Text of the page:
• Arctic Research Center, Satellite Observation and Modeling Research Group
  • Hokudai Type2015
  • Spain

Specialized Field

Ecology, climate change


Our current geological epoch, the Anthropocene, is characterized by the human transformation of the global environment. Though the human fingerprint on our environment is plural and complex, climate change is undoubtedly one of the key global drivers of ecological change. Through its impact on biota, ecosystems, and natural resources, it affects the way we live, our health, economic and social assets, and even our global security.To avoid extinction, organisms (humans included) facing rapid changes in climate must withstand those changes or move away towards places were conditions remain more favorable. I am interested in these processes and their interplay to ultimately better understand how ecosystems will reorganize and blend in the future. The outcome is however still poorly understood: as novel climate conditions emerge and the boundaries between ecosystems melt away, new biological interactions and ecological surprises of uncertain outcome will arise. This represents a clear research priority for adaptive conservation globally, and even more in the Arctic where climate change is developing faster and more severe than the global average, and will increasingly do so in the future.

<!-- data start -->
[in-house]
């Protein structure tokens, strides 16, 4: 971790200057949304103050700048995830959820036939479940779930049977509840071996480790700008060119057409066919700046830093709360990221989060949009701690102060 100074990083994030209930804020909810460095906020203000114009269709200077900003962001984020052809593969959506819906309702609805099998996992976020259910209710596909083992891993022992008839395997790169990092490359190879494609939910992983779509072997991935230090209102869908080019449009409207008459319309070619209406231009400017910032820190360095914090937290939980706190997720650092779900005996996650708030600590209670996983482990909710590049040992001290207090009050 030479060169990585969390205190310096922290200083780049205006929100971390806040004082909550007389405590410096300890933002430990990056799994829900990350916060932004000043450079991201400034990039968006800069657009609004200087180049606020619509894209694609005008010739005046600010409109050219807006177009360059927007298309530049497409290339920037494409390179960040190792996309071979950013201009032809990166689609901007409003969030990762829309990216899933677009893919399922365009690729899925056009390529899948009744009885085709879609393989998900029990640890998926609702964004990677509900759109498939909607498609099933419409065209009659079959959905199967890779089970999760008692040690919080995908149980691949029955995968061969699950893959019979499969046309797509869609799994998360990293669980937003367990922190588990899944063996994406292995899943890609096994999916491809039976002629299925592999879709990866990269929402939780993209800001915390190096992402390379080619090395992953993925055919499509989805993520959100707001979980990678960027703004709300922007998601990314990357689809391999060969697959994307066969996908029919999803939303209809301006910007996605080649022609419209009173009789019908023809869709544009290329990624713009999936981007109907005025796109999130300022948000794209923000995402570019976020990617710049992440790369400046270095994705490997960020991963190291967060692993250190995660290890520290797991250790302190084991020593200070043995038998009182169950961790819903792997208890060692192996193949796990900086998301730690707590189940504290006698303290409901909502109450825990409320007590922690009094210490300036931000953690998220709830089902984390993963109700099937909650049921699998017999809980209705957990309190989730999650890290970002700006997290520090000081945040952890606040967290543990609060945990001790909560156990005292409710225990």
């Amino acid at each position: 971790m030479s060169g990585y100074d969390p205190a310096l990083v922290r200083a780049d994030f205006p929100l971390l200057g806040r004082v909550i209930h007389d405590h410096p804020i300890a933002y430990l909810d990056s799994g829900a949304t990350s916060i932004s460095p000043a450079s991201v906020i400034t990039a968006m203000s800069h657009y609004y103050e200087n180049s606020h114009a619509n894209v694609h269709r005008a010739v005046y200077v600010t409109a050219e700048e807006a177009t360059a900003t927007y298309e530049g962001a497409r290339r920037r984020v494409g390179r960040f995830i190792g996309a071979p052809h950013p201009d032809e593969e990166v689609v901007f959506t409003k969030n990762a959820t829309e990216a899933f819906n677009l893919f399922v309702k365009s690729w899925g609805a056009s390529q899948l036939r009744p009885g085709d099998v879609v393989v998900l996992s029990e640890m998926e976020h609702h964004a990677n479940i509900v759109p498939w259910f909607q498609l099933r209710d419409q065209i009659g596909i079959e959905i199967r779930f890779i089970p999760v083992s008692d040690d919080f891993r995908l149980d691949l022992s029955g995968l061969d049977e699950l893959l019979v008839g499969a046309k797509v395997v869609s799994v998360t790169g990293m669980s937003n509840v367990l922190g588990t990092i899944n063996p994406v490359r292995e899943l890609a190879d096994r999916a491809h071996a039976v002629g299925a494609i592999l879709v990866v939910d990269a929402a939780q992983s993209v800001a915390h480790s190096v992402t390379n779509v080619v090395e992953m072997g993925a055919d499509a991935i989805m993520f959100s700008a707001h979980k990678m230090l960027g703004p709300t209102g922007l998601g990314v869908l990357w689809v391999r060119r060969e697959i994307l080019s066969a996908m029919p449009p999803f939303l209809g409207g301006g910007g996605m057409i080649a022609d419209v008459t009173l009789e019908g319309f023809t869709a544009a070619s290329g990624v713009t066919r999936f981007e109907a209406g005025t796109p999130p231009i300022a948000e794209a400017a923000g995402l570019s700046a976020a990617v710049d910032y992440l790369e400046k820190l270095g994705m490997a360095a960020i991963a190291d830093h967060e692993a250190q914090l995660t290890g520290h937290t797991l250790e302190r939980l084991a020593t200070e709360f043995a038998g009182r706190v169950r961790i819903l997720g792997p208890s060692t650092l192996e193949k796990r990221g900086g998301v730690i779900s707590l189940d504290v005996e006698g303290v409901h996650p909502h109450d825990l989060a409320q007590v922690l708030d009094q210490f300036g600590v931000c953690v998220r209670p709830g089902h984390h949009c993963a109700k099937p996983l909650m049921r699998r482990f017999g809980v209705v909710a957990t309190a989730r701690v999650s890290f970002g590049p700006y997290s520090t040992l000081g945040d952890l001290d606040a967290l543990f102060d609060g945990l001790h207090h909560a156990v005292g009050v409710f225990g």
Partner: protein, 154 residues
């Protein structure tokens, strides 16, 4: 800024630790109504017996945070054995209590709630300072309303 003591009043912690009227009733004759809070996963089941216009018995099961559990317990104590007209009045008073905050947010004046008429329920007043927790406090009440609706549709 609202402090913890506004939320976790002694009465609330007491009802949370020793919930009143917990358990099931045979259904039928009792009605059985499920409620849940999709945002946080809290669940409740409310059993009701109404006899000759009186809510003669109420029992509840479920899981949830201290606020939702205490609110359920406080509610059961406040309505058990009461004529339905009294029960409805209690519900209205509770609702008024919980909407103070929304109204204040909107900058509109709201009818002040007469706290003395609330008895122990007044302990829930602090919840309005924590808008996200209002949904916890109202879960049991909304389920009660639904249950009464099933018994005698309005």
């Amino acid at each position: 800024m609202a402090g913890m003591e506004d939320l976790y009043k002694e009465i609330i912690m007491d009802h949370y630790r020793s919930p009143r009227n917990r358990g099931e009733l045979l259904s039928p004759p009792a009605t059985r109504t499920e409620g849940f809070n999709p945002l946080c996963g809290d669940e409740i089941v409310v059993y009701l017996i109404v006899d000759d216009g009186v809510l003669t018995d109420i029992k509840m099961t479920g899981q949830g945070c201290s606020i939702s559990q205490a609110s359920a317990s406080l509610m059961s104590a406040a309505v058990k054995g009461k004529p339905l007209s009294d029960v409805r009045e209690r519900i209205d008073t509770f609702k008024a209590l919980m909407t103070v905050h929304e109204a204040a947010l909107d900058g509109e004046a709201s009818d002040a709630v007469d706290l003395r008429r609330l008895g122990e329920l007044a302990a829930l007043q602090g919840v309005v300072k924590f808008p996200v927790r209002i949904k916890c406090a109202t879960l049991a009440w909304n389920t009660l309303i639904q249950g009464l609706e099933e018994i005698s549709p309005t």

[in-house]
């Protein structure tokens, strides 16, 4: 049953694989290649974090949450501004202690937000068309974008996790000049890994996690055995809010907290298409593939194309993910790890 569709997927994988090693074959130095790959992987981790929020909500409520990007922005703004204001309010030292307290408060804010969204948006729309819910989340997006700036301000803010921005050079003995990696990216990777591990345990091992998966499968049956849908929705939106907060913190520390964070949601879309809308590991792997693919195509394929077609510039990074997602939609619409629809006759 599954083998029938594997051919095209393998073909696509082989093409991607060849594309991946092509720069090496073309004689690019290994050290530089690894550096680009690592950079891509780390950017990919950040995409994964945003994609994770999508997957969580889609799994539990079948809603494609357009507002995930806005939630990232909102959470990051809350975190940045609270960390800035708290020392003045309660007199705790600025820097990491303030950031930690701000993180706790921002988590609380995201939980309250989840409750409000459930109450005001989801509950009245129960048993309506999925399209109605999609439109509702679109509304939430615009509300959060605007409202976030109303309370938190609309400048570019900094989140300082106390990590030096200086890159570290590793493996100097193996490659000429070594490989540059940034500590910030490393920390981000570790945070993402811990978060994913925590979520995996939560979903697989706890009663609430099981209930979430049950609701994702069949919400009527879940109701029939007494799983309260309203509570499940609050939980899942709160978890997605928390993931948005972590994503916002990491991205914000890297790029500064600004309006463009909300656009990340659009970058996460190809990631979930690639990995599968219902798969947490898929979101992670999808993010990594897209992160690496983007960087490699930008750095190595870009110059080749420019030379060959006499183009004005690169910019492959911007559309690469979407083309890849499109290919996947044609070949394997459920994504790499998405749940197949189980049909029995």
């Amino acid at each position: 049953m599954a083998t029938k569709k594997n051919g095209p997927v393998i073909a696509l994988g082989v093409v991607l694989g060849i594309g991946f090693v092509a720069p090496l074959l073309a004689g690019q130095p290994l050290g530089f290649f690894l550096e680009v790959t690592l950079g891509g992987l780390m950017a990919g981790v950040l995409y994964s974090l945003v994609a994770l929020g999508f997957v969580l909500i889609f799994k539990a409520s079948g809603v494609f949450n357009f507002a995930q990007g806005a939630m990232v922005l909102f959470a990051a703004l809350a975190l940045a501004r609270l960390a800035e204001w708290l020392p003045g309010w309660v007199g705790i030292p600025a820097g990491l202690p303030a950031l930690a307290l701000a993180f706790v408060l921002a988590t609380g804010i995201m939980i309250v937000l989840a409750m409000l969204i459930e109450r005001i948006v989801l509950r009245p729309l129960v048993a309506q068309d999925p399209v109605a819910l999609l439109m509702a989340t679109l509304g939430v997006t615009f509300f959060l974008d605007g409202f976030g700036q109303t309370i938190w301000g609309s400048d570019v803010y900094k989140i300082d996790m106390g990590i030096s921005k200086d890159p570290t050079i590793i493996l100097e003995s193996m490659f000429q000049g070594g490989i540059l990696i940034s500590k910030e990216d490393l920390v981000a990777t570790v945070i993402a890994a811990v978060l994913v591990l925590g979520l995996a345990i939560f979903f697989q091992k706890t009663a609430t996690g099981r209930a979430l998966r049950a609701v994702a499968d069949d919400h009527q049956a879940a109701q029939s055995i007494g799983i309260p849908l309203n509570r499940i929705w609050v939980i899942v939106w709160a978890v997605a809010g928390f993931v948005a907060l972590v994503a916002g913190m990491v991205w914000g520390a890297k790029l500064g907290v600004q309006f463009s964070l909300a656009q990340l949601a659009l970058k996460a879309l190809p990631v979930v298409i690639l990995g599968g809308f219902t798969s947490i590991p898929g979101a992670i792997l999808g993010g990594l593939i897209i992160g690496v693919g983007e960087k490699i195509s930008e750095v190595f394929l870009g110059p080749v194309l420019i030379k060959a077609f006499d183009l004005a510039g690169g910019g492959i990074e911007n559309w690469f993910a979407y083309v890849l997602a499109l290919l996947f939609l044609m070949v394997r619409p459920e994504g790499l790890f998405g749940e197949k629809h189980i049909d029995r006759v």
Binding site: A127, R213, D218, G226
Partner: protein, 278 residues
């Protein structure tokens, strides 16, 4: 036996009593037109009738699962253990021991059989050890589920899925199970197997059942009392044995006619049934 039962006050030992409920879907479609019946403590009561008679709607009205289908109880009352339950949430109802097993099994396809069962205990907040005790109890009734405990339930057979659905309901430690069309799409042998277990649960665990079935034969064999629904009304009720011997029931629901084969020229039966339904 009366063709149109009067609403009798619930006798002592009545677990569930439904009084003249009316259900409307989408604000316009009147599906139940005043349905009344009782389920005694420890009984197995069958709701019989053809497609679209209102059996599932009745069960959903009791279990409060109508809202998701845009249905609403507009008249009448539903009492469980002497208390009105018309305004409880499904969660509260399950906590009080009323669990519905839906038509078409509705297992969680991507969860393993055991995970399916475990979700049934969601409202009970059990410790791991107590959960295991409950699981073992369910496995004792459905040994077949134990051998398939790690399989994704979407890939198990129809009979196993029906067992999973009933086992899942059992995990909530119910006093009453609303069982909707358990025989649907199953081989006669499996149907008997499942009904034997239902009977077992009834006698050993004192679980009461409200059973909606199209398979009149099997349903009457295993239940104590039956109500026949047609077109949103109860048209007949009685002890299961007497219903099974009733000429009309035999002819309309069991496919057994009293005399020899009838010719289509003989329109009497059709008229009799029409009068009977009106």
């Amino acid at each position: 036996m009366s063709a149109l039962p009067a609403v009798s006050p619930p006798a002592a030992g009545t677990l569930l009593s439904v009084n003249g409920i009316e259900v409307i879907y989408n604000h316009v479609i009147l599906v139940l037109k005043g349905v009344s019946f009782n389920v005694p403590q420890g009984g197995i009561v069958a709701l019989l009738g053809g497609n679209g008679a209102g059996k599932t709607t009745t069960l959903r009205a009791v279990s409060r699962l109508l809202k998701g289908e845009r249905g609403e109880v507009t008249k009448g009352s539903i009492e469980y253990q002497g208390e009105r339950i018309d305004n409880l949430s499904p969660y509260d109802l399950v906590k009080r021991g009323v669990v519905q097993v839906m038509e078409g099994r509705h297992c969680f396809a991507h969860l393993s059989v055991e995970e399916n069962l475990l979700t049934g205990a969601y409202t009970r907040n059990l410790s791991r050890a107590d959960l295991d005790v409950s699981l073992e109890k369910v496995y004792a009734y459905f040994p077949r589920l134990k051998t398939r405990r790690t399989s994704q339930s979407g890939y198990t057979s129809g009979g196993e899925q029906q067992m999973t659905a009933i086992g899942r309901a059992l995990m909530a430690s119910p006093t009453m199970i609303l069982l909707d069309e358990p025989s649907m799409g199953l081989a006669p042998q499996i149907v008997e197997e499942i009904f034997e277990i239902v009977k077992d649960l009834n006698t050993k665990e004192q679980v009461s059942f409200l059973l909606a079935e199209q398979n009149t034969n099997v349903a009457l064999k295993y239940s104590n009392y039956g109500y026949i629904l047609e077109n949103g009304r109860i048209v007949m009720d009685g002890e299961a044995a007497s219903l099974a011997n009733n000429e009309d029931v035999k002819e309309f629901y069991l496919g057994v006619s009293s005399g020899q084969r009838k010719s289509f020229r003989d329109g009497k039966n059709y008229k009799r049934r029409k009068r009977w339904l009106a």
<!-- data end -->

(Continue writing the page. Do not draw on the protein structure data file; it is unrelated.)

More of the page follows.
Credit: David Grémillet/CNRS-INEE